A compelling sales experience has buyers wanting you to work with them to help them address their problems and challenges. For that to happen, they need to trust you and see you as a source of value. They need to feel safe opening up to you, being vulnerable and able to say for example, ‘look I’m not confident about what I’m doing here. I need your help’. They need to see you as their Trusted Adviser.
So, we need to really understand trust and what you need to do to be of value. In this paper, I’ll cover trust.
Gaining trust is quite easy. It just takes a little time. Unfortunately, losing trust is even easier. And worse still, it happens quickly. So growing trust isn’t the issue so much. Most of us naturally do what it takes. The real challenge is to avoid undermining and losing trust. Let me explain…
What do you need to do to become trusted? What is trust exactly? Well, a guy named David Master, who in fact is credited with coining the expression ‘Trusted Adviser’ came up with the Trust Equation. It is the best definition of trust, at least in a business and commercial context that I’ve seen. It goes like this:
Trustworthiness equals creditability, plus reliability, plus intimacy over self-interest.
Let’s look at that more closely to see what it really means:
Credibility is about our words…telling the truth.
Reliability is about our actions…keeping promises.
Intimacy is about our emotions…being open and transparent.
Self-Interest is about our caring…who we put first, ourselves or the other person.
The bottom line is, tell the truth. Do what you say you’ll do. Be transparent and care about the needs of others – more than you do your own. That seems common sense doesn’t it? I mean in our personal lives too, not just business. Think about the people you trust.
Let’s move below that line. How self-interested are salespeople typically? Thinking of making the sale. What’s that? Self-interest. Asking questions to discover what products/service they need i.e. the opportunities there could be for us? Self-interest. Talking about our company, products or services? All self-interest.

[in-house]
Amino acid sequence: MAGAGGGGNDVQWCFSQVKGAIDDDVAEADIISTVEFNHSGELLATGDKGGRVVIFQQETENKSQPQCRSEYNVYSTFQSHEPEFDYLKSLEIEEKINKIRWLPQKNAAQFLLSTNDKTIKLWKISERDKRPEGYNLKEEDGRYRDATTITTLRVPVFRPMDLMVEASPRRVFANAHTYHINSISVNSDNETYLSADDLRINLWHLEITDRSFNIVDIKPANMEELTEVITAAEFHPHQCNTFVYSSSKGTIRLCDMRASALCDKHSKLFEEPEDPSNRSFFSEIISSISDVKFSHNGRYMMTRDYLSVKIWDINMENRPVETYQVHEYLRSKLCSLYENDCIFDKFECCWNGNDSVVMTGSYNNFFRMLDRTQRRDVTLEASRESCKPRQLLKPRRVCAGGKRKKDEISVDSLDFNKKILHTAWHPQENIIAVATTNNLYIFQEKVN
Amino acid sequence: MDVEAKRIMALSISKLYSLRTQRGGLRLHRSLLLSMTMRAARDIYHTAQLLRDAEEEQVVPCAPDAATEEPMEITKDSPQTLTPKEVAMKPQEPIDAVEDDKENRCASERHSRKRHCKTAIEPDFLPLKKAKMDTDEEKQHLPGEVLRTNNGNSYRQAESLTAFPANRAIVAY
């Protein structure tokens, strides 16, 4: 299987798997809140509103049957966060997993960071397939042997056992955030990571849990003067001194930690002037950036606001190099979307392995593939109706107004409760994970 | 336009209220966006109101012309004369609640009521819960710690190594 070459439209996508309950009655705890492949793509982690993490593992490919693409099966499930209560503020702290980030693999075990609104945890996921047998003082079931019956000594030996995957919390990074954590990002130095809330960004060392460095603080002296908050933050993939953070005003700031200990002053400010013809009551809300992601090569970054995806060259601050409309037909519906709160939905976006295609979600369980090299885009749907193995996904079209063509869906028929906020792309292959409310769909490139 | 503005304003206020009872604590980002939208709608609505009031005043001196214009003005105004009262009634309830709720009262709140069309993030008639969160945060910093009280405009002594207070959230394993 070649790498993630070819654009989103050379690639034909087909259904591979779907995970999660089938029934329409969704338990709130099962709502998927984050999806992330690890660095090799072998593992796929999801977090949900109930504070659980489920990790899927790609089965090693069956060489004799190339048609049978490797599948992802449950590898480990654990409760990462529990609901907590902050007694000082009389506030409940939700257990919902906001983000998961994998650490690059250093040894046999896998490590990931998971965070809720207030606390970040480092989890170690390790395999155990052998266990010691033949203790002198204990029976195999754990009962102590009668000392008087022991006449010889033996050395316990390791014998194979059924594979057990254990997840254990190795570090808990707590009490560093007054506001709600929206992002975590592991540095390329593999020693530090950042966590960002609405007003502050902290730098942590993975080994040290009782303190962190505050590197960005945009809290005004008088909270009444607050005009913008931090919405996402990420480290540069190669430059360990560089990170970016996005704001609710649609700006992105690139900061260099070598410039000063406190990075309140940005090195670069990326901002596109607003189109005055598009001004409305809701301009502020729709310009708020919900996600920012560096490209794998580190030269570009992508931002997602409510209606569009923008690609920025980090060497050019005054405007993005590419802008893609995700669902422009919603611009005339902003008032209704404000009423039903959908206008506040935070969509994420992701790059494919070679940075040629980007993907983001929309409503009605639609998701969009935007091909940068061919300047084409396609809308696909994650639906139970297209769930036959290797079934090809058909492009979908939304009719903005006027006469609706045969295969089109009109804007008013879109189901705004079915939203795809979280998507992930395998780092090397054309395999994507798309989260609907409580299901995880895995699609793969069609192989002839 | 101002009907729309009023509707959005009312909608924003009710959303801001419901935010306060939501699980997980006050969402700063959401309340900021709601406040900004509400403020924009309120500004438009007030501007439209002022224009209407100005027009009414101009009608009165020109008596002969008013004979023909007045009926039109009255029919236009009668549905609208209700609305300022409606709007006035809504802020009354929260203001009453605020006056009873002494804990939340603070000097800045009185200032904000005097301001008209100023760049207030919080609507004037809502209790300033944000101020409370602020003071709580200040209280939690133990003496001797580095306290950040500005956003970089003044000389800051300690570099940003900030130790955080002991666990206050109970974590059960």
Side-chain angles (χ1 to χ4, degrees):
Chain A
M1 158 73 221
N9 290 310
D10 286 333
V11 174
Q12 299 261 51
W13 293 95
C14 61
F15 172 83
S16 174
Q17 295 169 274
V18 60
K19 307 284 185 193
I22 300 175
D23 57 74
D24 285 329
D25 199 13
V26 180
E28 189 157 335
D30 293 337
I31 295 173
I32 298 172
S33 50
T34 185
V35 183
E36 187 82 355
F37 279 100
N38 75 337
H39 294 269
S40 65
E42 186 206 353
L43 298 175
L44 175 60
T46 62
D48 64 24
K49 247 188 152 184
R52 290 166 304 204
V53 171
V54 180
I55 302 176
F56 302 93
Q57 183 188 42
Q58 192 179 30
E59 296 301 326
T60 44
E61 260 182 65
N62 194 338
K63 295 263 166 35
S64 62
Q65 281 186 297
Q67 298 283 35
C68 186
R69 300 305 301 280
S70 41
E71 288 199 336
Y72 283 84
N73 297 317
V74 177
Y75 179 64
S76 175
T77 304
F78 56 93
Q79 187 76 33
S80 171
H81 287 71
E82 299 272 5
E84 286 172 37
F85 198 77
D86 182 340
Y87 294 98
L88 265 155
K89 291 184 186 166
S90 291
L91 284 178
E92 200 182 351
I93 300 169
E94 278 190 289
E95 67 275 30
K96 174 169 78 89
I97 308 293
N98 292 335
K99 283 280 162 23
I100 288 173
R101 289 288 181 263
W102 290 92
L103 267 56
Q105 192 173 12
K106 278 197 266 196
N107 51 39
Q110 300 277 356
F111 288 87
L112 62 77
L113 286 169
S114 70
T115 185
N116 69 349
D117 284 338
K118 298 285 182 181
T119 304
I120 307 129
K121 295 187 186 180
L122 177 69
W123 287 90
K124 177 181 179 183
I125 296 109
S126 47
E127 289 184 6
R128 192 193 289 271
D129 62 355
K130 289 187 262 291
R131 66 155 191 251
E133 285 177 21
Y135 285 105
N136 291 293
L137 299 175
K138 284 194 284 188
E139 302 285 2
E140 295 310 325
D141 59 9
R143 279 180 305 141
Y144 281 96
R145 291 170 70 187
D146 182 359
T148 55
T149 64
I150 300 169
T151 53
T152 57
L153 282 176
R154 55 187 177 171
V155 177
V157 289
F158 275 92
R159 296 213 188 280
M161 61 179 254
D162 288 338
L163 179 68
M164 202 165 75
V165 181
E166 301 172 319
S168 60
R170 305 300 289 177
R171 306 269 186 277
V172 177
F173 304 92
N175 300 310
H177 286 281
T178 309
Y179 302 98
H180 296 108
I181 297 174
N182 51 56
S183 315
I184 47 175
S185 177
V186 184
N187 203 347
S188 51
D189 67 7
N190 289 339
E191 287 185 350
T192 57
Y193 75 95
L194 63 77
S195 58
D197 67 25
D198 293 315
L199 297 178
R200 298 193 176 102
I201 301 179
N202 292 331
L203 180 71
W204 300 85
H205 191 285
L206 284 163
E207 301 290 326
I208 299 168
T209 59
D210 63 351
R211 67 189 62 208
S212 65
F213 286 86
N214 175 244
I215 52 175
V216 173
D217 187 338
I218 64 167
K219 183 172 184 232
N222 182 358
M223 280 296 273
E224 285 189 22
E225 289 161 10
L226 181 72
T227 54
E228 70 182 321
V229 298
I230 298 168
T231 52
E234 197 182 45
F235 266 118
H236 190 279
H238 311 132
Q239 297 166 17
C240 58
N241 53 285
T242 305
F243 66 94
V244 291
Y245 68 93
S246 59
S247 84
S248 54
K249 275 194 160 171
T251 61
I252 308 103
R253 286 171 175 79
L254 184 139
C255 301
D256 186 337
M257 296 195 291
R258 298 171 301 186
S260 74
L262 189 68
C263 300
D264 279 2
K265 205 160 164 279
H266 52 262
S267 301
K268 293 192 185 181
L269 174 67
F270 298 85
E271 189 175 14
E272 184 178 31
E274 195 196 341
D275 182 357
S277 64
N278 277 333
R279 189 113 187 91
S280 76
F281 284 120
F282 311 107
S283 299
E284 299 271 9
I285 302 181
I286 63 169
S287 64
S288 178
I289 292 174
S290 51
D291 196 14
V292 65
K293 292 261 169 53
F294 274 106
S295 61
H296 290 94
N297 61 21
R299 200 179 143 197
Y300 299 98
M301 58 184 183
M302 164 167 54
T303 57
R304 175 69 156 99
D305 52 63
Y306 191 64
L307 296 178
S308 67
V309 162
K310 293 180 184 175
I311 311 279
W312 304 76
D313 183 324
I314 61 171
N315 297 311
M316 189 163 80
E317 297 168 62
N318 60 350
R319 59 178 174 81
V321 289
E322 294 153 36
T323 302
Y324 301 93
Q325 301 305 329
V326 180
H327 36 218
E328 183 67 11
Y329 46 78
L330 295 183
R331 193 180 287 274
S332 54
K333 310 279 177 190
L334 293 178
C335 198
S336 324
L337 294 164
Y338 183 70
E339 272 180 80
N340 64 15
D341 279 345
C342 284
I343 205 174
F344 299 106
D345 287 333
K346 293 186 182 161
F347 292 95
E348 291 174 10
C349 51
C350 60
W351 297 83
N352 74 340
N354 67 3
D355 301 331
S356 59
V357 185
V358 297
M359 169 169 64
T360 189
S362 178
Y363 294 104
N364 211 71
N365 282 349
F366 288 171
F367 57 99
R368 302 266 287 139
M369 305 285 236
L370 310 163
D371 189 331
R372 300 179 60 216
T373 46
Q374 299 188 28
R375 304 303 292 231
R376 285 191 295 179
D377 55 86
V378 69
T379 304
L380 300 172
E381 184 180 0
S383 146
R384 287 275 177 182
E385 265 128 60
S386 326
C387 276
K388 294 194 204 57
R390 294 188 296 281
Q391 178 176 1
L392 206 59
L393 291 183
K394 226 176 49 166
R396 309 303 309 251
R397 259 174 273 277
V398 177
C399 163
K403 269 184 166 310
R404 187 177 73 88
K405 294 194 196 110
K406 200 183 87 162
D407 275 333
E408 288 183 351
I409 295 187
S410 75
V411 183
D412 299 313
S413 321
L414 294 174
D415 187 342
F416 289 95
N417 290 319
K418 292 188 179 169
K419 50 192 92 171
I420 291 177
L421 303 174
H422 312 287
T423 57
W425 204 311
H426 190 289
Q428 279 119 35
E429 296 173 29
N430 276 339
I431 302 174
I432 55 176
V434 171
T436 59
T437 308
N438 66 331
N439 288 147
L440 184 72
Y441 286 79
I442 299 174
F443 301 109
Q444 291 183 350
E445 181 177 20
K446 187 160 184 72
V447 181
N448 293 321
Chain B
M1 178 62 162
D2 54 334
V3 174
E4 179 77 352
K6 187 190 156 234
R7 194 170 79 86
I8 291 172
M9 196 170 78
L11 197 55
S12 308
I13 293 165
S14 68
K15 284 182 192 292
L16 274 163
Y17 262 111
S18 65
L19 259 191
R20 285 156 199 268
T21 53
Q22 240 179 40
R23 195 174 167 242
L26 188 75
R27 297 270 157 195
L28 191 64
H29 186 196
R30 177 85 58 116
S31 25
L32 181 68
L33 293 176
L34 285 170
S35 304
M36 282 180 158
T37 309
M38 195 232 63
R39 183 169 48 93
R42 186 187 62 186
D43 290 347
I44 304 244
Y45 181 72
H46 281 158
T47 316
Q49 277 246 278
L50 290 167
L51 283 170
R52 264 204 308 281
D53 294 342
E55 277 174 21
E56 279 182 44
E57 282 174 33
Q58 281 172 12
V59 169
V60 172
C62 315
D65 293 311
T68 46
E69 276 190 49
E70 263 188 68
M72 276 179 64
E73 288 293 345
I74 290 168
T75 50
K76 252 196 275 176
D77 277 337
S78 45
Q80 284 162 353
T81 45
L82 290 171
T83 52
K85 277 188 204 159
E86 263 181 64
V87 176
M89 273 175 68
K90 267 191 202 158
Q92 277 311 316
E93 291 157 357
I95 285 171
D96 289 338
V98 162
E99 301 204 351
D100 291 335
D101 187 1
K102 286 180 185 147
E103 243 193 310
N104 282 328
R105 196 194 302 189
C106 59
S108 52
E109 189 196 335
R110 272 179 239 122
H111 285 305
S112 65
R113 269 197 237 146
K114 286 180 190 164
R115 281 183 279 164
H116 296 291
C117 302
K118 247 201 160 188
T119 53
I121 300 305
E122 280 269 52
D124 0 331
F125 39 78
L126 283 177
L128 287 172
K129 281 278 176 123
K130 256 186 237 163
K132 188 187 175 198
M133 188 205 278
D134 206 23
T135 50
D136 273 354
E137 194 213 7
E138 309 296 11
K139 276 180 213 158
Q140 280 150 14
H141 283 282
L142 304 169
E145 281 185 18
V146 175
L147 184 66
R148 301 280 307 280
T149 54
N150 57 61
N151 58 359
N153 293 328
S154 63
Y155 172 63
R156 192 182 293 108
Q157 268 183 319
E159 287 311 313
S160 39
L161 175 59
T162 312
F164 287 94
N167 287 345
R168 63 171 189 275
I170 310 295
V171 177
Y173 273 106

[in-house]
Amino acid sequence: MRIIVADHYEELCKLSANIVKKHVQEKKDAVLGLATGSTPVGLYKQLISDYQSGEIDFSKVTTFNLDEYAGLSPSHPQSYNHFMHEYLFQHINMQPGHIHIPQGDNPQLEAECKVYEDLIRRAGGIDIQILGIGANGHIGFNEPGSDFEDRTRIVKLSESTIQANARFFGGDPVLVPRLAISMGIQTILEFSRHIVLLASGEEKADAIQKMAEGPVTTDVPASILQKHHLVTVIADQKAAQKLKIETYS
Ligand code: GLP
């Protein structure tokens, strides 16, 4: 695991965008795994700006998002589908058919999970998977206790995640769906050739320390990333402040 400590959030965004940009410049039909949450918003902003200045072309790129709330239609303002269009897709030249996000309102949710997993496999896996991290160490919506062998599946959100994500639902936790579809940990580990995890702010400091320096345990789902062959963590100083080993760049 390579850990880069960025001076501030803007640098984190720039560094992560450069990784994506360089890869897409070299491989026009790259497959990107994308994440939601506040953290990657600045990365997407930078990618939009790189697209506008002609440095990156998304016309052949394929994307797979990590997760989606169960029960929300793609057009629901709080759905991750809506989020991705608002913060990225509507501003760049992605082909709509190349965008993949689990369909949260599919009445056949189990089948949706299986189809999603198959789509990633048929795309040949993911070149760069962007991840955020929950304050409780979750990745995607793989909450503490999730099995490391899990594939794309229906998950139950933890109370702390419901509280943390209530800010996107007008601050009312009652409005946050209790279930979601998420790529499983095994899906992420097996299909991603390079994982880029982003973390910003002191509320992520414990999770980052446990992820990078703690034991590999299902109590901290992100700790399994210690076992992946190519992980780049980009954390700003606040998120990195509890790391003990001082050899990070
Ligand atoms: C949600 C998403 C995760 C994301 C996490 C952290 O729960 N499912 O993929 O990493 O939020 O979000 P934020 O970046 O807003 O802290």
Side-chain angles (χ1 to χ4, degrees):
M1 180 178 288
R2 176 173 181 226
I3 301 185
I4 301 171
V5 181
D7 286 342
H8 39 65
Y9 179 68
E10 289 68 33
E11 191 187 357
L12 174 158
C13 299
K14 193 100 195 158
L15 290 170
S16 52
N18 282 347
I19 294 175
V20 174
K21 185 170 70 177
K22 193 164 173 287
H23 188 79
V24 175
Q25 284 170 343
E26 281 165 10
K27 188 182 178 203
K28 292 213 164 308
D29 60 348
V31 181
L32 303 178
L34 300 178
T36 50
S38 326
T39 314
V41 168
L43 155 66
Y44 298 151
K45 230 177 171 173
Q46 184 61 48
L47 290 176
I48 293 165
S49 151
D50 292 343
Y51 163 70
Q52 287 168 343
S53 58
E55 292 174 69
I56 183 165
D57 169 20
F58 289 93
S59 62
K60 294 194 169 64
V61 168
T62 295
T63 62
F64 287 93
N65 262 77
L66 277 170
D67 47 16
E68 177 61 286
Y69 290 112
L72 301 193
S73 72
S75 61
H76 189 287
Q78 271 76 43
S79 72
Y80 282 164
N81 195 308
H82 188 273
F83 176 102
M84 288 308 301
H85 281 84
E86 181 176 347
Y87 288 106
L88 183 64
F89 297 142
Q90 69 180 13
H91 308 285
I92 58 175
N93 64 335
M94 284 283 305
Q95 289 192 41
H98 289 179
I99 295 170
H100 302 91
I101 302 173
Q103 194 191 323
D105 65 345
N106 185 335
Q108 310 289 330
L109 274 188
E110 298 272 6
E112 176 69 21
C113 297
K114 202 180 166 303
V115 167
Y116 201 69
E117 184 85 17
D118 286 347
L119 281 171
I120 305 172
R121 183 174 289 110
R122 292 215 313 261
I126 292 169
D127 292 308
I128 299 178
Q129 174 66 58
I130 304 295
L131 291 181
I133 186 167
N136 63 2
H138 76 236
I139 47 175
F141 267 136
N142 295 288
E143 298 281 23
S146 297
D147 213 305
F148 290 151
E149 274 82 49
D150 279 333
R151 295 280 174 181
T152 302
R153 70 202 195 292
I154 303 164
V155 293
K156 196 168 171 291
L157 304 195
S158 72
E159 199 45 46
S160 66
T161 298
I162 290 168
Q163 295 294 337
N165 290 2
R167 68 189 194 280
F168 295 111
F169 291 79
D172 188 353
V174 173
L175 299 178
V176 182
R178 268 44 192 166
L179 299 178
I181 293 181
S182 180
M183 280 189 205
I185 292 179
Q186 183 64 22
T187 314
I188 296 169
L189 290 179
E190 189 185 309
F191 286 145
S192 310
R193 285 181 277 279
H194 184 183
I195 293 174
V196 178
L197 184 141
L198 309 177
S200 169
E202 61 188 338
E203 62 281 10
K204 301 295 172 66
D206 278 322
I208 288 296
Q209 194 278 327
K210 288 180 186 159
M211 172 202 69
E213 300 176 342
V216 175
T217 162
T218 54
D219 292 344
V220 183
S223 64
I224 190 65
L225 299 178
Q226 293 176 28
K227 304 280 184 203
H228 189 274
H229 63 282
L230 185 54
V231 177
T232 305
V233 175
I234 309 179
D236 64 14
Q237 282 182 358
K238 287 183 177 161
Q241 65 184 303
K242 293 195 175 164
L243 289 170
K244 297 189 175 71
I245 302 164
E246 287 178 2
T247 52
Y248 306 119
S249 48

So, what are the chances of us growing trust with the traditional sales dialog? Not a lot. At least not before the sale. Notice that the top line of the equation is all about focusing on the other person.
There’s hard evidence for this. Salespeople are starting well behind in the trust stakes. Buyers are initially suspicious of them. In annual surveys (Google them) salespeople consistently rank at the bottom along with politicians and talkback radio hosts. And the most trusted? Paramedics, Firefighters and Rescue Volunteers.
So, the most trusted professions? Those that care about others. No self-interest. Compared with the bottom of the trust ranking, which are professions driven by self-interest. So, given what you now know about growing trust, is it any wonder that traditional sales techniques e.g. questioning to unearth needs, discussing and promoting products, are absolutely what you don’t want to do. They just don’t work.
Growing trust in business is no different to doing so in your personal life, because trust is personal. It’s about you and how you interact with and treat other people.
Remember the equation. Carry it around on a piece of paper in your wallet or purse. In particular, whenever you hear yourself talking about you and yours, remember you’re upping that sale-interest and diluting your trust score!
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